Highly toxic pesticides are used at China’s largest garlic chives production base in northern China.
Changli County in Hebei Province is famous for its garlic chives. Most of the chives are sold to Beijing, Tianjing and Northeastern China. To increase yield and profits, almost all the farmers heavily spray the chives with banned pesticides.
Luo Fei, a farmer from Wangbeizhuang Village, told The Epoch Times (ET) that highly toxic and banned pesticides such as 3911 (phorate), 1605 (methyl parathion) and iron mike (aldicarb) are still available in the countryside, most likely produced by underground factories. 3911 is the most toxic pesticides; its residual toxicity can last for two years.
Luo said that pesticide contaminated chives could cause nausea, dizziness, and diarrhea. If consumed in large quantity, it could be life threatening, causing cancer and blood diseases.
Zhang Zhi, another farmer, told ET their farms are called “Green Vegetable Planting Base,” but they are actually all polluted.
“Can it be called green? No. If it were green, the production would drop. We all count on it to make a good living,” Zhang said.
Zhang explained that in order to kill insects, they spray 3911 every eight or 10 days. All garlic chives farms do it that way, he said.
“I would suggest consumers not eat too many of these chives. Our local farmers don’t eat these chives. We plant a little bit separately just for our own use,” Zhang said.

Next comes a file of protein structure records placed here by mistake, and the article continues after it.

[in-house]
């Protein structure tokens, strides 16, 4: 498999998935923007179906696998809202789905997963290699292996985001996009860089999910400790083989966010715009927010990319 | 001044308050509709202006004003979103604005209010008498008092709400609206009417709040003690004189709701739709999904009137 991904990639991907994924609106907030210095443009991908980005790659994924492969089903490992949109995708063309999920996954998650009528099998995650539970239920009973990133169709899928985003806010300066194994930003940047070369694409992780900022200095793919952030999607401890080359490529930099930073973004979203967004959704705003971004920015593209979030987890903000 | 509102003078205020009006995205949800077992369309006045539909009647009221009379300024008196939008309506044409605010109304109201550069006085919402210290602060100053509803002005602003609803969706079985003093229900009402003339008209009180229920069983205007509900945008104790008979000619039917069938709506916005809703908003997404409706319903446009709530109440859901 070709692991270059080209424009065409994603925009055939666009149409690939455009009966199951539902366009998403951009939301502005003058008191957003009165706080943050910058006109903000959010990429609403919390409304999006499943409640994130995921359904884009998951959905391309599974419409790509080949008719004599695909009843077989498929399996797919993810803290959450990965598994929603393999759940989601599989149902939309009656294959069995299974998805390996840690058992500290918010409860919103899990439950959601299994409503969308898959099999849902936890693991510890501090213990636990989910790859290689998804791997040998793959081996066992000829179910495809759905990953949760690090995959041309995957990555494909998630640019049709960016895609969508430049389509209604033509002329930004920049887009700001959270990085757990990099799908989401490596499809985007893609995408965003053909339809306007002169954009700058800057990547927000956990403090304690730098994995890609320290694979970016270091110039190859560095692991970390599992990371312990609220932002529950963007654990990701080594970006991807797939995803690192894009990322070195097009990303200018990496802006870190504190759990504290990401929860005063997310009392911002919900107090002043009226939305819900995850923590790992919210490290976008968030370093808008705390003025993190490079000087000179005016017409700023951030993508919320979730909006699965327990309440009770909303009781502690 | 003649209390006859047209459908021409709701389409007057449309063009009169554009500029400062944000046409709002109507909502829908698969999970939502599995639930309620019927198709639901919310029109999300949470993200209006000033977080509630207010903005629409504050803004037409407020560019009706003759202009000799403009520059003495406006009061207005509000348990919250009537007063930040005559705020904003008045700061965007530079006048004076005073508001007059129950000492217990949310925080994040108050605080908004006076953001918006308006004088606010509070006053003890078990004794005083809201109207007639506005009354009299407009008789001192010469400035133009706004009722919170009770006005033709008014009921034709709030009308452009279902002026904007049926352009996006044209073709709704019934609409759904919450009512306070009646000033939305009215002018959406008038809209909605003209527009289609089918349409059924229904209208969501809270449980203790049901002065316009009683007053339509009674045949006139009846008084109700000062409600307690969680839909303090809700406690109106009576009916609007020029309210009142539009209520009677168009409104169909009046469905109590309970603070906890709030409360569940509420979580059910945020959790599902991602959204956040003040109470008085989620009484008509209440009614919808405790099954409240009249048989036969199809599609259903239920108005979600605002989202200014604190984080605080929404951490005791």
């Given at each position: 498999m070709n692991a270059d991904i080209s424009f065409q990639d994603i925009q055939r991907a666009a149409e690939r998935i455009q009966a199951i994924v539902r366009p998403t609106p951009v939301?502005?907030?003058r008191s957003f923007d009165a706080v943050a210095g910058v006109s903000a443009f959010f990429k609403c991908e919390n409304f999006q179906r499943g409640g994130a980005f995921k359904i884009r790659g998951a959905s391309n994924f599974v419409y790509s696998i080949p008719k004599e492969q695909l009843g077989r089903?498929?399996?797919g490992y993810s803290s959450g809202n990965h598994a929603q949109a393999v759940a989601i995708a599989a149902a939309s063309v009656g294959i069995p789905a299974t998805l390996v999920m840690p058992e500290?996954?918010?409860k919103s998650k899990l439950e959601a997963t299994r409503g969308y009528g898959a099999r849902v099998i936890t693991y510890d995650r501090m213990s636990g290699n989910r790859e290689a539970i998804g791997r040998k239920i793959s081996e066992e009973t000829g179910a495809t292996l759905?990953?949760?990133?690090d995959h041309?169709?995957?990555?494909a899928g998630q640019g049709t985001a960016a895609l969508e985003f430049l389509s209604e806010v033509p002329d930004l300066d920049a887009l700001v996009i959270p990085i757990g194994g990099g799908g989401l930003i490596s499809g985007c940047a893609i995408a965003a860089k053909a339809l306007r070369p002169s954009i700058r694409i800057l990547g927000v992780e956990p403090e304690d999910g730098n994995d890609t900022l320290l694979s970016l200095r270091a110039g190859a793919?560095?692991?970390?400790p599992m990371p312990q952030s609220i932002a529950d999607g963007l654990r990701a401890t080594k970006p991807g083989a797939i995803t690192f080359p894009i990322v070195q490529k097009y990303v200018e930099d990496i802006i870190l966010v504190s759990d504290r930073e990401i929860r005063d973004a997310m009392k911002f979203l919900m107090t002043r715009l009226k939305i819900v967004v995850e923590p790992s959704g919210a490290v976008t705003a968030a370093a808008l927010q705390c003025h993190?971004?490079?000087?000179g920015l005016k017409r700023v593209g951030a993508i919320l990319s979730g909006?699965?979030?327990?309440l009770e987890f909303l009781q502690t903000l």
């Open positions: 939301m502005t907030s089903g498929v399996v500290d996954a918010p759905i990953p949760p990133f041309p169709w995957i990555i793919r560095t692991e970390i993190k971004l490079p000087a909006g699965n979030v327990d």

Another farmer said it’s all about money. Chives without pesticides look gray and yellowish, while the ones treated with pesticides are big, green, and strong, and can be sold for twice as much.
Mr. Yang from Zhongzhuozhuang Village said after spraying the pesticides, one is supposed to wait for a while before cutting the chives and putting them on the market. One should wait at least 10 days before consuming the chives, he said. But in order to make money faster, the chives are generally sold right after the insecticides have been applied.
Mr. Huang from Gengzhuang Village told ET that local farmers don’t care about “green” products; they have all become rich by selling garlic chives and are living in big houses.
“They don’t eat the contaminated chives themselves,” Huang said. “Don’t they know they hurt consumers?” he asked.